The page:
In "Well, That Was Inevitable" news, Rick Perry announced today that he's dropping his bid for the Republican presidential nomination. His campaign started out strong but faded fast after the politician's dismal performances in debates where it seemed like he couldn't remember the basic bullet points of his platform or form complete sentences.
After his homophobic-rant of a campaign ad disgusted Americans from all ends of the political spectrum earlier this fall, it became clear that this dude was bad news. As a native Texan, I've known this for a long time. You see, Perry has been waging a war against women in my home state for years now. In 2011, the situation hit a fever pitch when the largely conservative Texas Legislature cut its family-planning budget by two-thirds, hurting organizations like Planned Parenthood in astronomical ways. Instead of recognizing the life-saving screenings and health services the clinics provide, Republicans instead focused in on the "abortion warehouse" myth.
In "Horrifying, Government-Enforced Invasion of Privacy" news, earlier this week, the Fifth U.S. Circuit Court of Appeals issued a ruling which immediately implemented the controversial "informed consent" law. The law subjects any woman seeking an abortion to an ultrasound in an invasive, transvaginal procedure in which the doctor must describe fetal development and make the patient listen to the heartbeat. The woman then must wait 24 hours before going through with the abortion. Perry, who is not shy about his anti-choice leanings, celebrated this decision, stating that it allows Texas to enforce the will of the state which "values and protects the sanctity of life." Yikes! This is coming from the man who vetoed a law which would have banned texting while driving because he didn't believe government should "micromanage the behavior of adults." Yeah, let that dose of hypocrisy marinate for a while. I might be missing something here, but this law sounds like a pretty invasive and offensive case of government micromanaging.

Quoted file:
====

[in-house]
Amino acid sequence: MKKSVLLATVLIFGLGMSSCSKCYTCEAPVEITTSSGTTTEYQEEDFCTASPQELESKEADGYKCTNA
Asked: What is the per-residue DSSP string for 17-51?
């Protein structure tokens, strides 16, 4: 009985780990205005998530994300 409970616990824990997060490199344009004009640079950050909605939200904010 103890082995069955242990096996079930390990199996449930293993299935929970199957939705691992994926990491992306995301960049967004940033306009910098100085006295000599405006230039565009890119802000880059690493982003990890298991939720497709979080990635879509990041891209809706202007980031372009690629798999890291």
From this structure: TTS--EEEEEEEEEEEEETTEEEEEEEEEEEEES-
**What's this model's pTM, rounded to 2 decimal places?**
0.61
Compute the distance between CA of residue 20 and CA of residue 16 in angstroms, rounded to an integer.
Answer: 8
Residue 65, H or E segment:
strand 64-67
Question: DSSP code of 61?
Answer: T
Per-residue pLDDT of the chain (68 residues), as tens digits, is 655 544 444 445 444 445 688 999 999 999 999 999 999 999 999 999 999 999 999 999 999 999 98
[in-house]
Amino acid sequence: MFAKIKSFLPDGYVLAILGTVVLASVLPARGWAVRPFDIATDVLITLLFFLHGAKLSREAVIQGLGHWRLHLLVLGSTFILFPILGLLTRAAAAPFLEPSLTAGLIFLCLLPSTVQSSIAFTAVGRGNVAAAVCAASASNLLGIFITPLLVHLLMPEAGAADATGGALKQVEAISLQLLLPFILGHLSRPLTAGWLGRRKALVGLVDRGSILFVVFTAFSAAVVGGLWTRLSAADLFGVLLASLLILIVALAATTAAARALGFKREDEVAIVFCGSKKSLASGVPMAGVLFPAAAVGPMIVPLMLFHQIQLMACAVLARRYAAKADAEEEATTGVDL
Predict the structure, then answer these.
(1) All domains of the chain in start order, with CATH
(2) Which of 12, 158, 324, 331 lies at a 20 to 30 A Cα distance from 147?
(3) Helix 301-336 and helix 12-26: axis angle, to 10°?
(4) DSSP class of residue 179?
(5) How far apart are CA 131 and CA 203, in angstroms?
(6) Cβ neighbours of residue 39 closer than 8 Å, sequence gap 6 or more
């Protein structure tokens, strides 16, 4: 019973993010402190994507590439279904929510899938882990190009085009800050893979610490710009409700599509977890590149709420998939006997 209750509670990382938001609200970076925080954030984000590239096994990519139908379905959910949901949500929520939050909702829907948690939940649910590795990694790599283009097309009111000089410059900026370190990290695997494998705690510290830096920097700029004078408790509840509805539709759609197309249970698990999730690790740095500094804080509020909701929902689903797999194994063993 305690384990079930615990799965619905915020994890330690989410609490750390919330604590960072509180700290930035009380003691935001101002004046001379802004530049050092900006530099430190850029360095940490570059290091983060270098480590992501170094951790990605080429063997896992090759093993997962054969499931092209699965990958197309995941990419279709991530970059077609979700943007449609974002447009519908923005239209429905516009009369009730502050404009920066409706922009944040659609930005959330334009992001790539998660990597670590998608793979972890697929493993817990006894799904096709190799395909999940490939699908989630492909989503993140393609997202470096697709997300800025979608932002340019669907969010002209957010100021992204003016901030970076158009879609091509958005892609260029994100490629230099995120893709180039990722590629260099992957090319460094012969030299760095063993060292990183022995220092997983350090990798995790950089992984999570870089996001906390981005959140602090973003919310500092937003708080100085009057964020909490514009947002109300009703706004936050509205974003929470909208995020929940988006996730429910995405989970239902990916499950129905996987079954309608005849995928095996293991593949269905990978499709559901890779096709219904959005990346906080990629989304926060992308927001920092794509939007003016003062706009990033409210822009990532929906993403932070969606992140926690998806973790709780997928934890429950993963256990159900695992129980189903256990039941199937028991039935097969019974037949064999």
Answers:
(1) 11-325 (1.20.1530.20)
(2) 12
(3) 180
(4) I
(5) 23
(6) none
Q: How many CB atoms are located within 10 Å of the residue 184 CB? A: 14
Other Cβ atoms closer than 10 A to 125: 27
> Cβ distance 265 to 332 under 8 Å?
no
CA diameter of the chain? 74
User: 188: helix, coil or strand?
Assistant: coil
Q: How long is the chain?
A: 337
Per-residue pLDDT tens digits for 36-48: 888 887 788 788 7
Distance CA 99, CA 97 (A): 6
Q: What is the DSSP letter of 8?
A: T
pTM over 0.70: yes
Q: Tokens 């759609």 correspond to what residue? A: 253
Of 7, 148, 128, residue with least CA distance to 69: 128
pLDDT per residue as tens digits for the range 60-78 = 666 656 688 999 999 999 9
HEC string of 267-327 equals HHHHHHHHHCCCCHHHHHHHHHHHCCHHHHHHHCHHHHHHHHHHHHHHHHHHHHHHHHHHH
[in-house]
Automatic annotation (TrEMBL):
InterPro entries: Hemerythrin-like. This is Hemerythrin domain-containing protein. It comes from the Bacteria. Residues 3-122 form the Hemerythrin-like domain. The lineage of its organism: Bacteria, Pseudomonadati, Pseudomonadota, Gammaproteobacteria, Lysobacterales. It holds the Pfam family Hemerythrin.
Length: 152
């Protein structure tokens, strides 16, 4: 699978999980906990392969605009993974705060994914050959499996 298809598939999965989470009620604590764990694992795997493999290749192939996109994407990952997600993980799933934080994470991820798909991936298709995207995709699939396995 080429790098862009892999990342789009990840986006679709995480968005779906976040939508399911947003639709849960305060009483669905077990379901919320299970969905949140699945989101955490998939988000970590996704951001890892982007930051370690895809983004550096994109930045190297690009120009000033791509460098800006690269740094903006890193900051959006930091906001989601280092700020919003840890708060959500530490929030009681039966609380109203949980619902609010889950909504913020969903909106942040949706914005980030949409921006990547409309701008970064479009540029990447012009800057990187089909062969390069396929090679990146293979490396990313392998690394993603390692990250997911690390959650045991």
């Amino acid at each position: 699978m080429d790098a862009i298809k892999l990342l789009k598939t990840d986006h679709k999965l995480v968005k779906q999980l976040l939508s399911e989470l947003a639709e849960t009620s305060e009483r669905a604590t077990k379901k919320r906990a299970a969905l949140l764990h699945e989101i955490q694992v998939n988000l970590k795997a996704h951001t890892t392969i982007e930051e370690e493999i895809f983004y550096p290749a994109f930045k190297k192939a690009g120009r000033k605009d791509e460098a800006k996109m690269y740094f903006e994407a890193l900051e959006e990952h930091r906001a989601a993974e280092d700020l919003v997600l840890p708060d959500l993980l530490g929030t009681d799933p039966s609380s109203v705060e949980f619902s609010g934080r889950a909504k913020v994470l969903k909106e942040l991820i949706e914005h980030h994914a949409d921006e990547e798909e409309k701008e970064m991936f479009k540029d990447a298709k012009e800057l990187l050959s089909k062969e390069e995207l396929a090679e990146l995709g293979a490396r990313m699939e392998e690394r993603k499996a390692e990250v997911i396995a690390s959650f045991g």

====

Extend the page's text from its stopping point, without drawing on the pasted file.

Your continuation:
There will be a summary judgment hearing on Friday, January 20th. The Center for Reproductive Rights will seek to have this law put to an end once and for all, and the state will hope to dismiss the CRR's lawsuit.
Illustration by Jason Stout